The property market had enjoyed a boost thanks to the outcome of the general election in December, but now the market faces uncertainty as the coronavirus pandemic continues.
Residential property prices increased for the fourth consecutive month in February as the market’s so-called "Boris bounce" pushed the average cost up to £312,625 according to Rightmove, but there are concerns that the surge could be dented by the coronavirus outbreak.
The property website reports that prices are up 3.5% year-on-year, thanks to a major rebound in the market since the Conservatives' election victory in December.
However, the coronavirus disease COVID-19, which has already caused a number of deaths in the UK, could pose a risk to this growth if it has an adverse impact on buyers’ confidence,
Colby Short, CEO at estate agency comparison website GetAgent.co.uk, said: “These are great numbers from Rightmove in respect of asking price highs and a significant reduction in the time taken to sell, particularly in the capital. But hold on, this is data collected only up until 7th March - and to say that a week is a long time in politics is nothing compared to a week where the CoronaVirus news cycle is concerned.
“The year has started strongly for property and we all realise that the current crisis of health will be temporary, don’t we? But the question is, how temporary? And will a property market that had sprung from the doldrums of political paralysis weather a viral rival? I think so, but it will be challenging indeed for a while still.”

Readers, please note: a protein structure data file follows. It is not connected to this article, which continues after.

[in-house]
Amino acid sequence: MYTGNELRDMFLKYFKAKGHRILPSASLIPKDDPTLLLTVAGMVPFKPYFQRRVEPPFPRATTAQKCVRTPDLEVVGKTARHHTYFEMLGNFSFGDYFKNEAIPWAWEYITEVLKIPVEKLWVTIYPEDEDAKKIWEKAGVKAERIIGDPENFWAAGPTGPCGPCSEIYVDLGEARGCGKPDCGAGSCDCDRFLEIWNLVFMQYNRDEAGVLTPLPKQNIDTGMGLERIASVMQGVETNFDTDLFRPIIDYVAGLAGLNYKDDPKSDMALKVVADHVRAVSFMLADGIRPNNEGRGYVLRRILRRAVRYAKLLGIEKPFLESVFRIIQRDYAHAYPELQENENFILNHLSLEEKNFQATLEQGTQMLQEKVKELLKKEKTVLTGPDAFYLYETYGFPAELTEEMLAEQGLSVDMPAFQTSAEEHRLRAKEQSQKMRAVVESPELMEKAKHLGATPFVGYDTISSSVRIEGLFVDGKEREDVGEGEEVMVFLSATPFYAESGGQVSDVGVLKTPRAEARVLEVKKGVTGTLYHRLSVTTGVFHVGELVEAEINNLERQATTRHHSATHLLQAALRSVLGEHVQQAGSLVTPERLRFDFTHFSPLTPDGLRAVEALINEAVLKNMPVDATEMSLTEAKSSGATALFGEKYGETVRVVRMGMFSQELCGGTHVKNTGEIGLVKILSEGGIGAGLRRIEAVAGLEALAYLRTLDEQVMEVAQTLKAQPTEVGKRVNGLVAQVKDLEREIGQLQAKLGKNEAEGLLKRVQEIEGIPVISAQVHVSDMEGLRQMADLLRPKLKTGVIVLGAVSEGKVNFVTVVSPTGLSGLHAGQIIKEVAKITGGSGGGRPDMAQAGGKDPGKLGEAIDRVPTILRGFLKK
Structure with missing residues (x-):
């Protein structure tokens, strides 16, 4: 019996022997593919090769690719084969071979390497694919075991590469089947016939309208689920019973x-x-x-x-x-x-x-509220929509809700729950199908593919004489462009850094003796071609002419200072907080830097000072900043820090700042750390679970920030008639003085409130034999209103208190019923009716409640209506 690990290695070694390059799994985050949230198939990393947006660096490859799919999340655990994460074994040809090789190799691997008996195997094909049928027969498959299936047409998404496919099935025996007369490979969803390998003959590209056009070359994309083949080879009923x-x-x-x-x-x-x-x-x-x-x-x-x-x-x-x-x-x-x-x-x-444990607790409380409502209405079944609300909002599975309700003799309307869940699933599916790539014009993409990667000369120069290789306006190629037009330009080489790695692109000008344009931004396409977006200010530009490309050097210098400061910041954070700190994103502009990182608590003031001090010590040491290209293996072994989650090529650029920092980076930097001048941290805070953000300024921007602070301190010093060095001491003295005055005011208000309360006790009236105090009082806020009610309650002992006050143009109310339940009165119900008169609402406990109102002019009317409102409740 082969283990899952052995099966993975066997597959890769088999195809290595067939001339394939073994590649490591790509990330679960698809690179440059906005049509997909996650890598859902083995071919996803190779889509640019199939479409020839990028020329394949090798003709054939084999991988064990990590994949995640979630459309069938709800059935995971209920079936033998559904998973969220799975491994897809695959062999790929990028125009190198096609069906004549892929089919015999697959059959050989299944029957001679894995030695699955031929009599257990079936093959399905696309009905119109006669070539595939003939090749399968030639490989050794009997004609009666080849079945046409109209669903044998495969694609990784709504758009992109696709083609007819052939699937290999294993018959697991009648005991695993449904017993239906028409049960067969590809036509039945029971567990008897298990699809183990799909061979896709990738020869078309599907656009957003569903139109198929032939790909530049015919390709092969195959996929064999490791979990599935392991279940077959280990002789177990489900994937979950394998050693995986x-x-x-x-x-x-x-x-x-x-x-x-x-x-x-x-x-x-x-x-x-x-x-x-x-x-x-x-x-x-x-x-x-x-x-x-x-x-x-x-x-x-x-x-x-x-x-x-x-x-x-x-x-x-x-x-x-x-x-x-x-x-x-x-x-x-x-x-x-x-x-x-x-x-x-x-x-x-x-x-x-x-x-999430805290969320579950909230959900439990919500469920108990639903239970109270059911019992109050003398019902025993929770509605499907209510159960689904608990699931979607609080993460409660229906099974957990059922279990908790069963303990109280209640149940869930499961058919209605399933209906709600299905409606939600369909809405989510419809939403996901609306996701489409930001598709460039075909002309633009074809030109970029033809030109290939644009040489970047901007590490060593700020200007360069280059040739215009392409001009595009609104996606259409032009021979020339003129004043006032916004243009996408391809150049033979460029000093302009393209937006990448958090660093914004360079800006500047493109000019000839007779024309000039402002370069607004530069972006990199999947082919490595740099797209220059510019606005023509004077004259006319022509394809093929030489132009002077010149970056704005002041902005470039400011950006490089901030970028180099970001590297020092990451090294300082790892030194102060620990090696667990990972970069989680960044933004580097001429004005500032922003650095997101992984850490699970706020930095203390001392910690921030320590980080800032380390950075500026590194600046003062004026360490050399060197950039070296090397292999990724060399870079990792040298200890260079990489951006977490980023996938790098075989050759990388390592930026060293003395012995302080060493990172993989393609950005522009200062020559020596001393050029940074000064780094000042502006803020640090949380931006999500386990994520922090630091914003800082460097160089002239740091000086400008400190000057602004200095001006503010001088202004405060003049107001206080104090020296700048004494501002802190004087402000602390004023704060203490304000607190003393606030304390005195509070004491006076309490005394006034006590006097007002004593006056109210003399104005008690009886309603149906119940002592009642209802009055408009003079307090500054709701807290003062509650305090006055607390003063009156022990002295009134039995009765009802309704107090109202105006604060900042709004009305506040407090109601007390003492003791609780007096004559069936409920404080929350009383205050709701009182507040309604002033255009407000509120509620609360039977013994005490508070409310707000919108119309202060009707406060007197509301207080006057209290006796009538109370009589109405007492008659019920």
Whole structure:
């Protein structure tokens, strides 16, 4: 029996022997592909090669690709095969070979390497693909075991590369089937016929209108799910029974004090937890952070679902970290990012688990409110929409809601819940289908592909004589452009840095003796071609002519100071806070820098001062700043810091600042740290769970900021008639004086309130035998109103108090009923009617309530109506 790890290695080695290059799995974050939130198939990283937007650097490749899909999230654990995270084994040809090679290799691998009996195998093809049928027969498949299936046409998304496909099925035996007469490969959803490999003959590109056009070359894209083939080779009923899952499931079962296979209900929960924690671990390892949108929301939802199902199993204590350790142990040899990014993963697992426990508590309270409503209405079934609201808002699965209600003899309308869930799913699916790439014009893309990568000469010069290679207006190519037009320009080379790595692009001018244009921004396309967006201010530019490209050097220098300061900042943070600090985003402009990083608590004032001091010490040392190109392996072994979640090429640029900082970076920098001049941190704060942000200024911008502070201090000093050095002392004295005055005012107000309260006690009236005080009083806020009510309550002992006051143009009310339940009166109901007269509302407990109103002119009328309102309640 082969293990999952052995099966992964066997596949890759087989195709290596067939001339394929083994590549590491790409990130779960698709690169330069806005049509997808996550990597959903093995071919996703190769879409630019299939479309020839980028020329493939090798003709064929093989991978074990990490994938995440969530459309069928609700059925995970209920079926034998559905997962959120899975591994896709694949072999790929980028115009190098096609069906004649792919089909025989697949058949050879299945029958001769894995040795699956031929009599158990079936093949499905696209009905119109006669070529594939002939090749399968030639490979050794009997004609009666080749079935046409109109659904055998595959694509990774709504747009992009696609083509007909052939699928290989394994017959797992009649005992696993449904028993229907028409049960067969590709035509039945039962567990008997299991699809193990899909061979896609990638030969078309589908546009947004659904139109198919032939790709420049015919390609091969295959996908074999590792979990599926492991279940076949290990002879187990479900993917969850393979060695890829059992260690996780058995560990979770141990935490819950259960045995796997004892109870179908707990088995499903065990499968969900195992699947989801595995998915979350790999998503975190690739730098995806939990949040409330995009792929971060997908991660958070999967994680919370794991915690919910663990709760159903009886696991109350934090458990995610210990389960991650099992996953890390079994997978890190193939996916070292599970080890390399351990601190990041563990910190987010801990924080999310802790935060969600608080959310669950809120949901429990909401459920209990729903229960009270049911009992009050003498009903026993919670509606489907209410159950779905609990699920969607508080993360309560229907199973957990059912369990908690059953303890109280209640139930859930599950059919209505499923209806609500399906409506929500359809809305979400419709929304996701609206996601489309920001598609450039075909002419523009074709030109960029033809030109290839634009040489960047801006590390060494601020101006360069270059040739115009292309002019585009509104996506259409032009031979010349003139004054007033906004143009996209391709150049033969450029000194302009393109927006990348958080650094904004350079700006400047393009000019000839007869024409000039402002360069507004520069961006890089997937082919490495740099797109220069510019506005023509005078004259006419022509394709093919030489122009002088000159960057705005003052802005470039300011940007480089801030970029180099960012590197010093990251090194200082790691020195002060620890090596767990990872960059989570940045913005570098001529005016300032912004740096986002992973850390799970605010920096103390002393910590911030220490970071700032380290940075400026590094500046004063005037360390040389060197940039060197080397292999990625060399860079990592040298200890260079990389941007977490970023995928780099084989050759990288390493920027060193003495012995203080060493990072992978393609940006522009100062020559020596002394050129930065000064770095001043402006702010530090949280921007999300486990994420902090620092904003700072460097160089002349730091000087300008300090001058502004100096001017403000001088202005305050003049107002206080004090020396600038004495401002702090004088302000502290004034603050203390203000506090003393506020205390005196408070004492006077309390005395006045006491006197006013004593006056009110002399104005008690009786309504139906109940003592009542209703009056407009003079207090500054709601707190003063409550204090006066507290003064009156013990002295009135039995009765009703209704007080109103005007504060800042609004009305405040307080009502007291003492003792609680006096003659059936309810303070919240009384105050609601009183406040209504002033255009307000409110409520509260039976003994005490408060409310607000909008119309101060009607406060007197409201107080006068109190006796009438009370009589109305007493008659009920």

There are growing signs that the disruption caused by coronavirus is spreading into the property industry, but London-based estate agency Benham & Reeves is urging buyers and sellers to “remain optimistic".
Marc von Grundherr, director at Benham and Reeves, commented: “Covid-19 is of course a significant issue albeit that enquiry levels and viewings do seem to be holding up for now and we should remain optimistic, firstly for a swift resolution to the pandemic, followed by a robust response from the markets including property which is clearly well placed to withstand current uncertainty.”
The impact this could have on the housing market is as yet unknown, as the length and continued coronavirus outbreak could cause yet more disruption.
Russell Galley, managing director at the Halifax, said: “The UK housing market has remained steady heading into early spring.
“The sustained level of buyer and seller activity is strong compared to recent years, with positive employment conditions and a competitive mortgage market continuing to support demand.”
But Galley acknowledged that it is a waiting game to ultimately see how the housing market will be impacted by coronavirus.